A recent study found that reducing carbohydrates in a pregnant woman's diet did not appear to influence her treatment for gestational diabetes.
The same number of women in a low carb diet group and a regular diet group ended up needing insulin for their condition.
"Attend all prenatal appointments."
The study, led by Cristina Moreno-Castilla, MSc, RD, of Department of Endocrinology and Nutrition at Spain's Hospital Universitari Arnau de Vilanova, aimed to learn whether a low carbohydrate diet was effective for women with gestational diabetes.
The researchers divided 152 pregnant women with gestational diabetes into two groups. One group was assigned to follow a low carbohydrate diet where only 40 percent of the women's calories came from carbs.
The other group followed a control diet in which 55 percent of the total calories came from carbohydrates.
Both groups' diets included approximately 20 percent protein. The total calorie amounts, which were at least 1,800 calories, were determined for each woman based on her pre-pregnancy weight.
The women's diets were confirmed on three different days during the study period and adjusted if necessary. After the first assessment, both groups were eating fewer carbohydrates than they had been prescribed, so they received dietary counseling so that they were at the target amount by the second assessment.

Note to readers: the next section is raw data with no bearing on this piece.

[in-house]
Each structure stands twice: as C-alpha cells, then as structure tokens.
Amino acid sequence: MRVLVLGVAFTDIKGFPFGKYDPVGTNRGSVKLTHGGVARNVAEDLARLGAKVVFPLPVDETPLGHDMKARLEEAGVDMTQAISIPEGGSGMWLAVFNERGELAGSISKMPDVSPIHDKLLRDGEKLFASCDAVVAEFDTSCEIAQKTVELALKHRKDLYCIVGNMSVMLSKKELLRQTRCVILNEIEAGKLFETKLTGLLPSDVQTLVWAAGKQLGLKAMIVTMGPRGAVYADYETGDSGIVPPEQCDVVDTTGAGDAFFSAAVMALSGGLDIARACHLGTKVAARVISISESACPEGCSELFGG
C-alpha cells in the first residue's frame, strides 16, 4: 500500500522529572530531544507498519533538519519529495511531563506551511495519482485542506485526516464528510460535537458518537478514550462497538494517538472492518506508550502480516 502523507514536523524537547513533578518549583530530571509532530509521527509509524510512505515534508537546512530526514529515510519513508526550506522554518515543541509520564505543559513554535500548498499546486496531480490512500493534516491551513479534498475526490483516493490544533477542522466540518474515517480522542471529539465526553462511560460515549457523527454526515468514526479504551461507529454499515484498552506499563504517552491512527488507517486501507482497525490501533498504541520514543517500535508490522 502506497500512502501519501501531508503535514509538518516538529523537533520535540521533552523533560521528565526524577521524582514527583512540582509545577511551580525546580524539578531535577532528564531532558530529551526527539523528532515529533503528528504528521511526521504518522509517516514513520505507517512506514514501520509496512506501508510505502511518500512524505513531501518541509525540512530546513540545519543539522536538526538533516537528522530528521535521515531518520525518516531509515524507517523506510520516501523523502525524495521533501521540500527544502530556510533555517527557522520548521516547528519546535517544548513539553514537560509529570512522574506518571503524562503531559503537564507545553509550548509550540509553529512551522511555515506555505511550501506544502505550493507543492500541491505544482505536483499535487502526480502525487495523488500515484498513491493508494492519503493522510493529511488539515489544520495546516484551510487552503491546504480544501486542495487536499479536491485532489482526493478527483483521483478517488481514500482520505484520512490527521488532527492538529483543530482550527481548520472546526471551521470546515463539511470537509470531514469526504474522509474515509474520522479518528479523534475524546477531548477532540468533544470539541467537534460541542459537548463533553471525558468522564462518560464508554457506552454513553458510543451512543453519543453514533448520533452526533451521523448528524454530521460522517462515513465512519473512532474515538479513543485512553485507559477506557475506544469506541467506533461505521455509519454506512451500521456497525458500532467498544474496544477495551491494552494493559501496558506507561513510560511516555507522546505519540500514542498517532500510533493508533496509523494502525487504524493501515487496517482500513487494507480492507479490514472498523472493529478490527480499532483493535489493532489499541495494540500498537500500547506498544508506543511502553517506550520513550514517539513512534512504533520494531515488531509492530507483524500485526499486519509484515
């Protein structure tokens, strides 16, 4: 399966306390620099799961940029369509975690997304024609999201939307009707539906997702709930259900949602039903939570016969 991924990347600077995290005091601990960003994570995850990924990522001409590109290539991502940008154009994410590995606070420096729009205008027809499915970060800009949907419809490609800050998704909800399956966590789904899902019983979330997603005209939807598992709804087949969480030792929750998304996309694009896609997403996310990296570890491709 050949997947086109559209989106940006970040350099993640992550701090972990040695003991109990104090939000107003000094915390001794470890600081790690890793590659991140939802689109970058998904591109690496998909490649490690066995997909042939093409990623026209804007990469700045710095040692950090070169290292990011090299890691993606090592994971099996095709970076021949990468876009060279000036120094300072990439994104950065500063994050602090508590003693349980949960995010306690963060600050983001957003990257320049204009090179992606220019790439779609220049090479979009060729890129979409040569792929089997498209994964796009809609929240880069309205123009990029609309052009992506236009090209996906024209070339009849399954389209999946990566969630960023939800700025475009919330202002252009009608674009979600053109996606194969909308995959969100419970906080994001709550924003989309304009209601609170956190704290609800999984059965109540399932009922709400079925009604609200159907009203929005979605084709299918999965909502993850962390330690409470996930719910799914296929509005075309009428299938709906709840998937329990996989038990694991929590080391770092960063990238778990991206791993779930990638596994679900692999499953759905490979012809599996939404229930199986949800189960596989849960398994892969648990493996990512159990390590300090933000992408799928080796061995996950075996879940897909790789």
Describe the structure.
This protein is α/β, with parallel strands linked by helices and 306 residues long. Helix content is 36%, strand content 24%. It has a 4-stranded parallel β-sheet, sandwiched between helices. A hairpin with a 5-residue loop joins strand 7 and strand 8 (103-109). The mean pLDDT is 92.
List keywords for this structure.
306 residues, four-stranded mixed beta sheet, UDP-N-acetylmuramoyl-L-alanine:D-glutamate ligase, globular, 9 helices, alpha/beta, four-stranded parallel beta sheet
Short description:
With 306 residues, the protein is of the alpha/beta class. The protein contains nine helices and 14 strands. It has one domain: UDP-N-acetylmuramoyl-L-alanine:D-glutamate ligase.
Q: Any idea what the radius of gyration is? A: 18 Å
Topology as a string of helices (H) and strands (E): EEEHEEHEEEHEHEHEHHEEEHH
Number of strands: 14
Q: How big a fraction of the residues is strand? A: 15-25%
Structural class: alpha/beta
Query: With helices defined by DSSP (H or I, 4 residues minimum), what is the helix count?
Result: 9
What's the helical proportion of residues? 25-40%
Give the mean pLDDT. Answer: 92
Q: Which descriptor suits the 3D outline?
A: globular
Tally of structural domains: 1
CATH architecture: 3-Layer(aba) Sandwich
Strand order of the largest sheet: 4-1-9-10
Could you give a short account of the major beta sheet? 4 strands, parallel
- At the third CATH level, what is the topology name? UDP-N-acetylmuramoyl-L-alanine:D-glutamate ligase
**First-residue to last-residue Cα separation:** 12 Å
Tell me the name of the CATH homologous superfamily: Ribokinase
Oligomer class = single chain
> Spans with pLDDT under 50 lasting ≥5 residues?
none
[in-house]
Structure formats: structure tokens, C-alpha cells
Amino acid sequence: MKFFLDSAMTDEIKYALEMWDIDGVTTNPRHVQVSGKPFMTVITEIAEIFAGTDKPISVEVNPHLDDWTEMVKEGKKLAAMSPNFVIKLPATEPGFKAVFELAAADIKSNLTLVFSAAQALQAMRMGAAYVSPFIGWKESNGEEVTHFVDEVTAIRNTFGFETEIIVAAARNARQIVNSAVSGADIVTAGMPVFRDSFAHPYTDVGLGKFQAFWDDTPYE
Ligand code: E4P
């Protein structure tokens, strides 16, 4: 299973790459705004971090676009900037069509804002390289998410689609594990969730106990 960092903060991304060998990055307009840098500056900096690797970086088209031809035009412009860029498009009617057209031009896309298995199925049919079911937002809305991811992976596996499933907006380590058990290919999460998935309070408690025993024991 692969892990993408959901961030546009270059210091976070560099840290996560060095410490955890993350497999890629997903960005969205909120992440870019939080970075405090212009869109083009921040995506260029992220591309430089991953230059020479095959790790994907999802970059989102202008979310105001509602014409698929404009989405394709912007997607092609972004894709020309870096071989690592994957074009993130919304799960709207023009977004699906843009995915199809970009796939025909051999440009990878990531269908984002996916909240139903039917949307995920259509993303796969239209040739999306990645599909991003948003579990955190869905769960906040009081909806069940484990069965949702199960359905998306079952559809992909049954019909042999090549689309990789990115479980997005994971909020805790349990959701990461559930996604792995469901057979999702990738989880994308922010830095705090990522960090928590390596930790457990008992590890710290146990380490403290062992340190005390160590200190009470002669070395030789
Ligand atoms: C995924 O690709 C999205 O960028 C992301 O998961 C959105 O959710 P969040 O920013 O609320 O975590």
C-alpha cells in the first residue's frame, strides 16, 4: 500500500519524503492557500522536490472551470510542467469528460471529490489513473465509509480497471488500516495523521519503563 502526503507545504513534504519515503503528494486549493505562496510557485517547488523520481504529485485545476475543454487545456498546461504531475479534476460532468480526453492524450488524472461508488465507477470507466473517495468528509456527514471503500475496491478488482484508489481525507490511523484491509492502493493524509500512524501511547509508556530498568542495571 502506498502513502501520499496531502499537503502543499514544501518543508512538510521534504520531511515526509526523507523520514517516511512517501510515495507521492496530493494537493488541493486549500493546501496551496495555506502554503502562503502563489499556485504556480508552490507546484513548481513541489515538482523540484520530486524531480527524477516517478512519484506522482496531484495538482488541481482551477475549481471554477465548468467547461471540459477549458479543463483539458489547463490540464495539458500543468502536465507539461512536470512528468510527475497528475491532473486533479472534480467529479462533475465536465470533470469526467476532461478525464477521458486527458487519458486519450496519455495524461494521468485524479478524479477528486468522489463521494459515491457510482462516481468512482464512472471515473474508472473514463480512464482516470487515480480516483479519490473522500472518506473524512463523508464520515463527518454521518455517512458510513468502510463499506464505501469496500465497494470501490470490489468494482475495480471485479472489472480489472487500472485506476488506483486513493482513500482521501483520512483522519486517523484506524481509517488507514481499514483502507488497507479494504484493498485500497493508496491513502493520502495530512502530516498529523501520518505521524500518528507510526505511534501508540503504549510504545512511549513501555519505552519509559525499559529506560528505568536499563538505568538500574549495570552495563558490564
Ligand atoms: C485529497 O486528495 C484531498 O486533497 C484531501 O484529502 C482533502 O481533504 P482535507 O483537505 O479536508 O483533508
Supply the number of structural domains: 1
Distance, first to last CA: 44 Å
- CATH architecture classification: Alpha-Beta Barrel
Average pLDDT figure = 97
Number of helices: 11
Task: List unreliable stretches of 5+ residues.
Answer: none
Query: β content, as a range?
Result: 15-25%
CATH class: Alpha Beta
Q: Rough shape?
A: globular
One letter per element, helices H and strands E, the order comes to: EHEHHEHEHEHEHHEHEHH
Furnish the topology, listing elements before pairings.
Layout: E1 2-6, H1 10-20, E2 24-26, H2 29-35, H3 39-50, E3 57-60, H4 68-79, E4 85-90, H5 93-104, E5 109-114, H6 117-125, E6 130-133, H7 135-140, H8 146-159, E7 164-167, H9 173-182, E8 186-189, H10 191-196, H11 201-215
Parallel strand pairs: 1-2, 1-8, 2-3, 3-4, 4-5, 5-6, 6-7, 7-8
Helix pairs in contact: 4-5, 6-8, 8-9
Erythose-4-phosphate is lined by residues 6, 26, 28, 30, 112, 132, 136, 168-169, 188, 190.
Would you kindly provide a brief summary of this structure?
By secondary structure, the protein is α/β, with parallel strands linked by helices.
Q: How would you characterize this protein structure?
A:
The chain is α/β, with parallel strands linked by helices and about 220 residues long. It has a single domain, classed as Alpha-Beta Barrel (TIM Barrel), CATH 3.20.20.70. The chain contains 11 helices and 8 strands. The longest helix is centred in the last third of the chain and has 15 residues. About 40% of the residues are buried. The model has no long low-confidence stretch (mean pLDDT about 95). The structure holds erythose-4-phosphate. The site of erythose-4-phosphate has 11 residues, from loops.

The women began the diets at their diagnosis of gestational diabetes, and the researchers compared the groups according to how many women in each group ended up requiring insulin treatment.
A total of 41 women in each group, or 54.7 percent of each group, required insulin treatment. With the same percentage of women in both groups needing treatment, the researchers concluded that the low carbohydrate diet did not prevent women from requiring insulin treatment.
When the researchers made adjustments to account for differences between the personal characteristics and demographics of the women in both groups, they still found that the low carb diet did not appear to make a difference in a woman's need for insulin.
The researchers also compared pregnancy outcomes among the women and found no differences between those on the low carb diet and those on the control diet.
The study was published April 5 in the journal Diabetes Care. Information regarding funding was not available. The authors reported no conflicts of interest.